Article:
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1541 Speed Test   [2020]

1541 Speed Test Released by :
Zibri

Release Date :
31 July 2020

Type :
C64 Tool

User rating:**********  10/10 (6 votes)   See votestatistics

Credits :
Code .... Zibri of Ram Jam
Graphics .... Zibri of Ram Jam
Design .... Zibri of Ram Jam
Idea .... Zibri of Ram Jam
Test .... Flavioweb of Asura, Digital Monastery, Hokuto Force
  Zibri of Ram Jam
Help .... Flavioweb of Asura, Digital Monastery, Hokuto Force

Download :
http://csdb.dk/getinternalfile.php/201989/speedtest.d64 (downloads: 121)
http://csdb.dk/getinternalfile.php/201988/rpm_instructions.txt (downloads: 96)
https://github.com/Zibri/C64-1541-Speed-Test/blob/master/RPM.d64 (downloads: 7)
https://github.com/Zibri/C64-1541-Speed-Test/blob/master/rpm_instructions.txt (downloads: 5)
https://github.com/Zibri/C64-1541-Speed-Test (downloads: 4)
https://github.com/Zibri/C64-1541-Speed-Test/blob/master/RPM.tap (downloads: 3)
https://github.com/Zibri/C64-1541-Speed-Test/blob/master/RPM.wav (downloads: 3)

Look for downloads on external sites:
 Pokefinder.org


User Comment
Submitted by Groepaz on 3 August 2020
lets discuss in Accurately Measuring Drive RPM :)
User Comment
Submitted by Zibri on 3 August 2020
Yep.. writes a long sync track and writes 5 "5a" bytes then reads 6 bytes and time it. The original front-end was in basic indeed. This is just nicer. If you like I can send you the source directly but I should clean it up before publishing it. It compiles with the very nice win2c64 compiler.
Also, notice the track change routine, until now I found no program do it "properly" :D But for me is just studying. An exercise.
User Comment
Submitted by Groepaz on 3 August 2020
LOL, i am sorry, it reads 6 bytes - and that means its indeed a full revolution and it relies on the timer wraparound. sure, why not. now how much more accurate this actually is... i dont know. its more stable, thats for sure :)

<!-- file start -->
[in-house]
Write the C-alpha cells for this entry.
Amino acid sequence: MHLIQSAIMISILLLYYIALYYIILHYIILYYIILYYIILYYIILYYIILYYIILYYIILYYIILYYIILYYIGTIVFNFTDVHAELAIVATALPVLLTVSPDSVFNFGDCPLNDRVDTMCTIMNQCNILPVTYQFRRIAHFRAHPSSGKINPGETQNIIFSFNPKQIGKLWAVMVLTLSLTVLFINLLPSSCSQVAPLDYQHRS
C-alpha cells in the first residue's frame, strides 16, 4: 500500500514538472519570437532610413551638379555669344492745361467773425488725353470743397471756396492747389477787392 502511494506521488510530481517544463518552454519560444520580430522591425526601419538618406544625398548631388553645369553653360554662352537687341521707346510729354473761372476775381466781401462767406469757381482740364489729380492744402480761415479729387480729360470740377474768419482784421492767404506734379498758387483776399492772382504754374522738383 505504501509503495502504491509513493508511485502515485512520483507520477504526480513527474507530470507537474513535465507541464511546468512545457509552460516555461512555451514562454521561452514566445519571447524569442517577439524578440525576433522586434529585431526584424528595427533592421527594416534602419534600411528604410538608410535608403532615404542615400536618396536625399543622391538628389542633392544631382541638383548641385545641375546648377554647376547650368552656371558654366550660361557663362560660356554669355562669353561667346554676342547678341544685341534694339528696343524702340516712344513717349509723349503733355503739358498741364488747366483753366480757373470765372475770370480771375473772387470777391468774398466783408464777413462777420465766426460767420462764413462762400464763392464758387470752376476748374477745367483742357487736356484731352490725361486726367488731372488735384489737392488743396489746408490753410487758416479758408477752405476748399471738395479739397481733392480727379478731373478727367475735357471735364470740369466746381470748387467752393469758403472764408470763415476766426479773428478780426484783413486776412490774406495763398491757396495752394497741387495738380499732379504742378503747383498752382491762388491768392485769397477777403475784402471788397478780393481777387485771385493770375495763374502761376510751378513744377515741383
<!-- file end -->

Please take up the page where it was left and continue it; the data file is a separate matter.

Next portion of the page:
User Comment
Submitted by Groepaz on 3 August 2020
so, what this program effectively does is... write a long sync on a track, plus 5 readable bytes. it then measures how many cycles it takes to read those 5 bytes. the "frontend" is basically this
10 open1,8,15,"u30"+chr$(36)
20 print#1,"u31"
30 get#1,x$:get#1,l$:get#1,h$
40 l=asc(l$+chr$(0))
50 h=asc(h$+chr$(0))
60 t=l+(h*256):rem timer value
70 r=(6e+09 / (262139 - t)) + 0.5:rem rpm
80 print t; r
90 goto 20

you surely get more stable values with this - but i have my serious doubts this is any way more accurate than measuring the distances between all sector headers and adding that up to the total time of a revolution.
User Comment
Submitted by Zibri on 2 August 2020
@Copyfault the program does what is writte in the menu. The first option measures the disk RPM using a new technique. It writes a special track on track 36 and then by using that and some good and precise programming, calculates the time it takes to do a full revolution. Also the other feature use some new techniques for moving the head. For me this was just an excuse to stretch my muscles, learn some new things and code something in a way that was never done before.
About the usefulness of this program, it is useful to some people repairing drives or for the average user just curisous about the state of the elastic belt or the diskette (both of which cause different changes in speed). Keep checking the github page because more documents will come and the source code too.
User Comment
Submitted by Copyfault on 2 August 2020
I like to see this kind of scene activity - we reached the point of competition to make even better (=more precise) tools :)

Though I have to admit that I do not fully understand what this tools does *exactly* - especially in comparison to the one pointed to by Groepaz. What technique makes it 0.005rpm-precise?